More Financial Support for Home Care Is Urged
Anaheim, Calif.--The parent of a severely handicapped child told members of a Congressional select committee here that it is an "amazing paradox" that federal and state governments will spend far more to institutionalize a handicapped child than to allow him to remain with his family.
That view was shared by many of those who testified before the House Select Committee on Children, Youth, and Families, which held a hearing late last month at the Council for Exceptional Children's annual convention. The witnesses agreed that what is needed for the care of handicapped children is not more funds, but better-directed funds.
The committee is holding a series of hearings around the country on the subject of families under stress. Ann Rosewater, deputy staff director for the select committee, said it will compile recommendations for use by the appropriate standing subcommittees. She said no bill is currently pending on the costs of care for handicapped children.
'Direct to Community'
"Research has convinced us that, as a general rule, families prefer residential and service options that are in the community and not in institutions," said Ann Turnbull, director of the bureau of child research at the University of Kansas and the mother of a mentally retarded son.
"It is overdue to change Medicaid funding so that it will go where most eligible people are, namely in the community, rather than where the fewest are, in institutions," she added. "This is supportive, rather than substitute family care."
Ms. Turnbull also noted that one-third of the states have adopted programs that offer cash subsidies or vouchers to families to purchase the help that they need--adaptive equipment, medical services, transportation, and special training.
"The key is that families decide how to spend the subsidy," she said.
Beverly Bertaina, the mother of a 12-year-old who is severely disabled and retarded, told the five Congressmen present that "it is an amazing paradox that institutional care for Adam would cost $35,000 to $65,000 a year, but the federal and state governments are willing to spend only $2,000 to $3,000 to help us keep Adam at home."
"It is truly outrageous that if we place Adam outside our home, he will receive more services than we can get if we keep him at home," she said.
Ms. Bertaina cited such required expenses of home care as: a $12,000 van with ramps, with $3,000 more for an electric lift; a $150 walker; $50 a month for diapers; and a minimum of $6 to $9 an hour for a specially trained sitter.
'Need To Be Equalized'
Mary Short, the mother of a severely handicapped 5-year-old, told the subcommittee that "for those of us who, for whatever reason, do have our children placed, the system is beautifully efficient. The systems for in-home and out-of-home handicapped children need to be equalized. P.L. 94-142 gave that to us all for education, and the same can be done with supportive services."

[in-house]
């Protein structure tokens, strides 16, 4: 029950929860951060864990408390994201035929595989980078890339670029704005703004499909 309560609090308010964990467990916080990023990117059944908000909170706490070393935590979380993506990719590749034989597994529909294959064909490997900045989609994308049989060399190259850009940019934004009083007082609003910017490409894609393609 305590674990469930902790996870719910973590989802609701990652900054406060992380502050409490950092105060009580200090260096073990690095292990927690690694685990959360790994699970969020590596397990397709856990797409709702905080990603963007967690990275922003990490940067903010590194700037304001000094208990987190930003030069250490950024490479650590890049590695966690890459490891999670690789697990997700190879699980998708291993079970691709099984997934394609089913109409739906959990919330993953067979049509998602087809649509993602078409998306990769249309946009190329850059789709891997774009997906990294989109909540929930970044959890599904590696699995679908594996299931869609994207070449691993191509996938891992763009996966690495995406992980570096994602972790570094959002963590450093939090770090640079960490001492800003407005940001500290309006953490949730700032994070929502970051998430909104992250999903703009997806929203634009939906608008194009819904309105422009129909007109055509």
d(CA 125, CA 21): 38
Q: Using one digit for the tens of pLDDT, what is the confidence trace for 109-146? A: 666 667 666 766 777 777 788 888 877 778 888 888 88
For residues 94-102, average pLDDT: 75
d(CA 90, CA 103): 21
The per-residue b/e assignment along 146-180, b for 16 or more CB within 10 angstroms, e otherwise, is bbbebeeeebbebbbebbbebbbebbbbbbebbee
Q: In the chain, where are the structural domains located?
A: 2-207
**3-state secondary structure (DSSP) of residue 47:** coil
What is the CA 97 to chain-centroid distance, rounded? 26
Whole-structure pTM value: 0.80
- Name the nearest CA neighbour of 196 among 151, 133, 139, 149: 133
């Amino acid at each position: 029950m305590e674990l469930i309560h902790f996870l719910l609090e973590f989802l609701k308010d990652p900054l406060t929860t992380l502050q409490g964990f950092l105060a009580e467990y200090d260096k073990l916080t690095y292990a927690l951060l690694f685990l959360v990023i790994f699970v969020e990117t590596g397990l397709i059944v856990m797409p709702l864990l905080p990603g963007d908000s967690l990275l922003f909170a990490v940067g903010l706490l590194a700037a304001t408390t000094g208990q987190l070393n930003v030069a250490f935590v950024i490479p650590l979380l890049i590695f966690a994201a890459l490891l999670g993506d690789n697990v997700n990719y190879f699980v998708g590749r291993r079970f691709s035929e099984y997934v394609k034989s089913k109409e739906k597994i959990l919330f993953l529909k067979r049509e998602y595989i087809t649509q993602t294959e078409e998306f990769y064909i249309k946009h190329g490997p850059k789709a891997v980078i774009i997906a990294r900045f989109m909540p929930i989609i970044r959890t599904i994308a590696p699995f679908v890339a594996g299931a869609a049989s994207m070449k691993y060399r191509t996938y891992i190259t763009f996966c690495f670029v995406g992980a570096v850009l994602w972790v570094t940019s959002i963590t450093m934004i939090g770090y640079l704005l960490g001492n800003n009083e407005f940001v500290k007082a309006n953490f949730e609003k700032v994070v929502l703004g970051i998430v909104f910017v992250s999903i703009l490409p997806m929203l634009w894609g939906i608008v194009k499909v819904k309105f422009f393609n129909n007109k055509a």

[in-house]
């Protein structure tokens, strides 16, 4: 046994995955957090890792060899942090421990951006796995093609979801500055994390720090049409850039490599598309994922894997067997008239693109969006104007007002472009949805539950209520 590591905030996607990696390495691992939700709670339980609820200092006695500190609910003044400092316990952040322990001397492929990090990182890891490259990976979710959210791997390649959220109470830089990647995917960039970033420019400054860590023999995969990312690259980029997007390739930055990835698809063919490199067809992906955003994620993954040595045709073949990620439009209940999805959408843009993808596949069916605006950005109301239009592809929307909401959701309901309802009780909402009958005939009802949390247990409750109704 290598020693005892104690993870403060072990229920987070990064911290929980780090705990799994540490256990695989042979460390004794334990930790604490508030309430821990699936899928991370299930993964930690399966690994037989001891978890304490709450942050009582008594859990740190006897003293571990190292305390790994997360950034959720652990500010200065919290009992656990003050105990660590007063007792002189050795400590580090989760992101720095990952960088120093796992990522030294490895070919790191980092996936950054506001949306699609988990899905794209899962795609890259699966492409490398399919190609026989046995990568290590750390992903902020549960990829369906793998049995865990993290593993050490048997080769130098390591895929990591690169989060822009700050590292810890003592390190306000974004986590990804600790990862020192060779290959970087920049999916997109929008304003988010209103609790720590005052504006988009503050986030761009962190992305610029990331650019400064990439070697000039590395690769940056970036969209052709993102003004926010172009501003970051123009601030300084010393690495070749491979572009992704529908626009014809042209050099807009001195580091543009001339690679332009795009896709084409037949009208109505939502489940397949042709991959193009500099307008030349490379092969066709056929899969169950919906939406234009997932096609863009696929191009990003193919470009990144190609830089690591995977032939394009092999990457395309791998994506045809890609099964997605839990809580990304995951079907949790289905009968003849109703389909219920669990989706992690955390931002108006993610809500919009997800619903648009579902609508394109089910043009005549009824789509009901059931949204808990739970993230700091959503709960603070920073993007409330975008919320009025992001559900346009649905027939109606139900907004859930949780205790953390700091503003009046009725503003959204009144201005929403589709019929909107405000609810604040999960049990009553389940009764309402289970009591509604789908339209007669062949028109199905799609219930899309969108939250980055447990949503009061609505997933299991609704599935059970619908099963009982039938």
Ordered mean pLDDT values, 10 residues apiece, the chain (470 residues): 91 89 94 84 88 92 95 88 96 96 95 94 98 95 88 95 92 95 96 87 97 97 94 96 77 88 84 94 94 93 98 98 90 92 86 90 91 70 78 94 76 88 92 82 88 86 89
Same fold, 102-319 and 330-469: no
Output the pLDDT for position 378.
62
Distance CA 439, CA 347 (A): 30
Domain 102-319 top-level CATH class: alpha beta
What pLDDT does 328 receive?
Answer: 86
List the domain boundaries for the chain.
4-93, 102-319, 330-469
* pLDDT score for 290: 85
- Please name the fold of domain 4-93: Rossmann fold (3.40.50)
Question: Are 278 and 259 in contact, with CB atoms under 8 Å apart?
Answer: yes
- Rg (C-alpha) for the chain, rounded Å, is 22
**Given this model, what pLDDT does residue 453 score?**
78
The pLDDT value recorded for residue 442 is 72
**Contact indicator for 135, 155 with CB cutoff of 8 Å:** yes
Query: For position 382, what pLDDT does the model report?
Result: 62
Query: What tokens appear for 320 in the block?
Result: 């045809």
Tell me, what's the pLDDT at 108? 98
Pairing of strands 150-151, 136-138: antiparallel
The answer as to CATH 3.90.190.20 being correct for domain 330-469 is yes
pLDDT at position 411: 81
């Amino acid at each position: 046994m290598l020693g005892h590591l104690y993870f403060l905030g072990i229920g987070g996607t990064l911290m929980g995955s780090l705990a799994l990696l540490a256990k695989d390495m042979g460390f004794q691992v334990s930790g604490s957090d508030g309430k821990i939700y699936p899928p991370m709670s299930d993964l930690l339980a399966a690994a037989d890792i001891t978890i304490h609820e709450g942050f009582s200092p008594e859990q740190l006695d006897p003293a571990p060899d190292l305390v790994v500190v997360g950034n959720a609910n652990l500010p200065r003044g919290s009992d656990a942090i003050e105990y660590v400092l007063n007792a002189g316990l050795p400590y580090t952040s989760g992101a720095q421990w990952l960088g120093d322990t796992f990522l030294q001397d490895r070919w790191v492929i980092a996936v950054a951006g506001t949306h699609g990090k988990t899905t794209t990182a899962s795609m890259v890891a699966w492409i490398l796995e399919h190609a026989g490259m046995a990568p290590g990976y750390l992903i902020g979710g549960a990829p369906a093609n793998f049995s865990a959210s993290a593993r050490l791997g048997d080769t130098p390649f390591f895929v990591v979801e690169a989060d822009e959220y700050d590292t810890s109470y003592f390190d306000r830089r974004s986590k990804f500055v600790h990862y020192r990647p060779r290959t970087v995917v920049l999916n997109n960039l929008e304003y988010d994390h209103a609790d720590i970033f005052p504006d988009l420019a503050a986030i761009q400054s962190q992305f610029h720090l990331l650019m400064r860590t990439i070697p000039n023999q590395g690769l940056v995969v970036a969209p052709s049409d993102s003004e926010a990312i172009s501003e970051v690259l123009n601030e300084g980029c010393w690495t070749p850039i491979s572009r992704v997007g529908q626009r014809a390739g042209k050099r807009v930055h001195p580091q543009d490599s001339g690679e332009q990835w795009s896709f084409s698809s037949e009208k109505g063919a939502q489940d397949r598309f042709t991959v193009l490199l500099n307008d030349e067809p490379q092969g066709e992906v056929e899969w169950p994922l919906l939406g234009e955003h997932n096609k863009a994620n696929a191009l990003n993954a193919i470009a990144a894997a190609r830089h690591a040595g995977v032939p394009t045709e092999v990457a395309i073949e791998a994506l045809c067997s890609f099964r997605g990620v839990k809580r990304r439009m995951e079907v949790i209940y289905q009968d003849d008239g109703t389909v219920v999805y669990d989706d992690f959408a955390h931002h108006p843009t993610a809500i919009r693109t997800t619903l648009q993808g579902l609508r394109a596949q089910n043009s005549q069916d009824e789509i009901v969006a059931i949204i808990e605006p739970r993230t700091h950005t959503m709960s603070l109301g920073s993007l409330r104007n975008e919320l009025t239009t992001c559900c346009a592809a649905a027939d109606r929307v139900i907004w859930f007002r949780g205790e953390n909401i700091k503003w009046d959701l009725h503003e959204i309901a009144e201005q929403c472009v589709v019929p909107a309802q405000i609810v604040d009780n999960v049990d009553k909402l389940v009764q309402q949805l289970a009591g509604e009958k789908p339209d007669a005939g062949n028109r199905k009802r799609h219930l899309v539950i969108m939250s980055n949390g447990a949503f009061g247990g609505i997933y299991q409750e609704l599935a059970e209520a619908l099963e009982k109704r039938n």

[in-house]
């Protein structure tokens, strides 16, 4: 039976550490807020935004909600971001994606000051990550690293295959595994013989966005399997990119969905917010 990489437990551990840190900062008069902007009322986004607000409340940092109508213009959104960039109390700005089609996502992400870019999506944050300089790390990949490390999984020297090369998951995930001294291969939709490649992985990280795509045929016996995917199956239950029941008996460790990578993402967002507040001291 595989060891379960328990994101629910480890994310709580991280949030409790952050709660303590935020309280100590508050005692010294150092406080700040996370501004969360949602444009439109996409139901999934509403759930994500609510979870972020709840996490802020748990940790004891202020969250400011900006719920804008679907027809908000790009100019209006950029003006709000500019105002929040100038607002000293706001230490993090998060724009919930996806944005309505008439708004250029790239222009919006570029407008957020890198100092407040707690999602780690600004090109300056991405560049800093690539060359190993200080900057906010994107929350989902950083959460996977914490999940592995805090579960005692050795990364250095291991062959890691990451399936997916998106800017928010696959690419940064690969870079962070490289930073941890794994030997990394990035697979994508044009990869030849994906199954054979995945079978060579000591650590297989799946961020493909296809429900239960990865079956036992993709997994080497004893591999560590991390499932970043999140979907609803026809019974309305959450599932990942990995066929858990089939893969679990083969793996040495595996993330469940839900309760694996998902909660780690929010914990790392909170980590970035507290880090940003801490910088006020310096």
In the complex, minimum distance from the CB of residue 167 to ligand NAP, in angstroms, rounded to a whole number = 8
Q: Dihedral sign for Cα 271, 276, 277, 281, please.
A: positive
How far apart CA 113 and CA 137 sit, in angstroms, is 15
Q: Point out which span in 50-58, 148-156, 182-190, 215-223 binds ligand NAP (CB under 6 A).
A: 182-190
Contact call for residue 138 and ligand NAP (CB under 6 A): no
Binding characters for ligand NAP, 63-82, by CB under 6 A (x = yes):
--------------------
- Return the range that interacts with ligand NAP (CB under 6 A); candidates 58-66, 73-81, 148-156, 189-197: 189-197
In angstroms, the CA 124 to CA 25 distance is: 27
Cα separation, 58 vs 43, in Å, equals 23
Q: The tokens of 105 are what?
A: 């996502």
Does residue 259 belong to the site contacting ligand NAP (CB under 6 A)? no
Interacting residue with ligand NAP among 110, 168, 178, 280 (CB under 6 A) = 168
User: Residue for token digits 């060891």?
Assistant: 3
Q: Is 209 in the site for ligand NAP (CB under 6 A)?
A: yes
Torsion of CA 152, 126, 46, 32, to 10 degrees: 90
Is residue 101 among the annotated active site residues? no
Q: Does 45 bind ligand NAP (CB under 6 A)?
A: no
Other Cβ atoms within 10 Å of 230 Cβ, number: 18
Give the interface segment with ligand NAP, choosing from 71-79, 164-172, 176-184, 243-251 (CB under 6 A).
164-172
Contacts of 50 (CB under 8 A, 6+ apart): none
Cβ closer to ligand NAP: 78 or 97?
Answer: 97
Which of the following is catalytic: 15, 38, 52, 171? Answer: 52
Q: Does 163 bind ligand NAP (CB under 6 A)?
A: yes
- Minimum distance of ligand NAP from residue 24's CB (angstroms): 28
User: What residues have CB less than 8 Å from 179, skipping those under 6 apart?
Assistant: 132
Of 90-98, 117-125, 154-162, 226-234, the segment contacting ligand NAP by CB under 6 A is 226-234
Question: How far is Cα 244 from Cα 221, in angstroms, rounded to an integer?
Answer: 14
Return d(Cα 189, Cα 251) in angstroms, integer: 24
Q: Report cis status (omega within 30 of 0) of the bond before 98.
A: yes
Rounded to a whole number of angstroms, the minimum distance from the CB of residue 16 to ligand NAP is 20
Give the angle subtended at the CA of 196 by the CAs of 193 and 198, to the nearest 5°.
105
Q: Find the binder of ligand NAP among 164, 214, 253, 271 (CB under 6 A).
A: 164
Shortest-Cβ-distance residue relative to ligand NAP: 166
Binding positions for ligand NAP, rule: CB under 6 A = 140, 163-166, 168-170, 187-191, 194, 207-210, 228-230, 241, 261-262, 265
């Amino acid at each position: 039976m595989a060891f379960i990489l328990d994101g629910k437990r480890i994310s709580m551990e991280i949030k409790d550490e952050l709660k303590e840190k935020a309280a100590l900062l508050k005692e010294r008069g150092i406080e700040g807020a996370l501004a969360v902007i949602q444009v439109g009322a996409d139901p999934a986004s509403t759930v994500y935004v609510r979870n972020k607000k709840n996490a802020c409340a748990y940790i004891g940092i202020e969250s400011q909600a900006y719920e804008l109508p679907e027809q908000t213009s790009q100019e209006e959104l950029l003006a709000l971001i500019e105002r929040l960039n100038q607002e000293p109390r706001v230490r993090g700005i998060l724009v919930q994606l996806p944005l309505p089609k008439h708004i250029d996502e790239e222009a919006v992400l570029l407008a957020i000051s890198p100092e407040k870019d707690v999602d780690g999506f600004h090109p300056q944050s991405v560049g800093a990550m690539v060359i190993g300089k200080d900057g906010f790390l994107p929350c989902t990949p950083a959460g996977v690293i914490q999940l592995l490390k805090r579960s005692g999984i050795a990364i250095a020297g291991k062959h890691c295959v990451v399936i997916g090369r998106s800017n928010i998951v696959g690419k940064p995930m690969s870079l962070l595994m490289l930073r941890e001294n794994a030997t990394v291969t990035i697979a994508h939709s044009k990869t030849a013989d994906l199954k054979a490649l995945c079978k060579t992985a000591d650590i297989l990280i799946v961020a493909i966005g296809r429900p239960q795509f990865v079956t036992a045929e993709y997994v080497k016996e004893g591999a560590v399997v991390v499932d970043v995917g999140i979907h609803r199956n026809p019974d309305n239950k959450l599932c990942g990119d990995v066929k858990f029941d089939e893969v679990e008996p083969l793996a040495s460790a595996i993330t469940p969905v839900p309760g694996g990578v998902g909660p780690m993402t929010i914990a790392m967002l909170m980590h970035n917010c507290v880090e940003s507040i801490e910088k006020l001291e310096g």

John Butler, principal researcher for a Boston Children's Hospital study on children with special needs, said school and health departments share most of the costs for all related services under P.L. 94-142.
He noted that assistance to the families of children with disabilities "requires shared effort across the domains of welfare, social service, mental health, and health care."
"We are bumping up against the limit to which the schools alone can be expected to fulfill the promise of P.L. 94-142 in the absence of parallel efforts from other sectors, agencies and programs, both public and private," he added.
(Sally H. Christensen, director of budget services for the U.S. Education Department, told another Congressional subcommittee last week that the department is now in the process of conducting an evaluation of independent-living centers for adults.
She said the department allocated $22 million for the centers in the fiscal year 1985 and "is fully committed to the objective" of such centers.)
The witnesses testifying in Anaheim also urged the Congress and the Administration to maintain and expand early-childhood and transitional programs for the handicapped.
Lisbeth J. Vincent, a professor in the department of behavioral studies at the University of Wisconsin, told the panel that since the passage of P.L. 94-142, nine states have passed legislation extending educational services to children under 5 years of age, but eight states have passed legislation making children younger than 5 ineligible for educational services.
"P.L. 94-142 made a major difference for children 5 to 18 years old," Ms. Vincent said. "It had limited impact on children from birth to 5 years old. We're putting families through five years of crisis."--at
Vol. 04, Issue 32